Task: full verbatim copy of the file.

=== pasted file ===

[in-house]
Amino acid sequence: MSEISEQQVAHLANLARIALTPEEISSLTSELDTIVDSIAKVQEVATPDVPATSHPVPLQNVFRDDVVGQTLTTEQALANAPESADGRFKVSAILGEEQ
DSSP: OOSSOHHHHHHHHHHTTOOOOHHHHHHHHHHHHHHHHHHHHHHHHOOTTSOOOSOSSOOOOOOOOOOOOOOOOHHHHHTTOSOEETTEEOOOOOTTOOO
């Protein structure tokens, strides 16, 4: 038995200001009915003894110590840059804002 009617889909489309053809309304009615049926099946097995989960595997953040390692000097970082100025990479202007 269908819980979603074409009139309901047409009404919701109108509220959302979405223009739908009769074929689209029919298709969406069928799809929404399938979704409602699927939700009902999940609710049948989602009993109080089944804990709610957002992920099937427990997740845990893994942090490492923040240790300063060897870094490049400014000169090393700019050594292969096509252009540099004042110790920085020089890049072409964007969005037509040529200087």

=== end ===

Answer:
[in-house]
Amino acid sequence: MSEISEQQVAHLANLARIALTPEEISSLTSELDTIVDSIAKVQEVATPDVPATSHPVPLQNVFRDDVVGQTLTTEQALANAPESADGRFKVSAILGEEQ
DSSP: OOSSOHHHHHHHHHHTTOOOOHHHHHHHHHHHHHHHHHHHHHHHHOOTTSOOOSOSSOOOOOOOOOOOOOOOOHHHHHTTOSOEETTEEOOOOOTTOOO
């Protein structure tokens, strides 16, 4: 038995200001009915003894110590840059804002 009617889909489309053809309304009615049926099946097995989960595997953040390692000097970082100025990479202007 269908819980979603074409009139309901047409009404919701109108509220959302979405223009739908009769074929689209029919298709969406069928799809929404399938979704409602699927939700009902999940609710049948989602009993109080089944804990709610957002992920099937427990997740845990893994942090490492923040240790300063060897870094490049400014000169090393700019050594292969096509252009540099004042110790920085020089890049072409964007969005037509040529200087």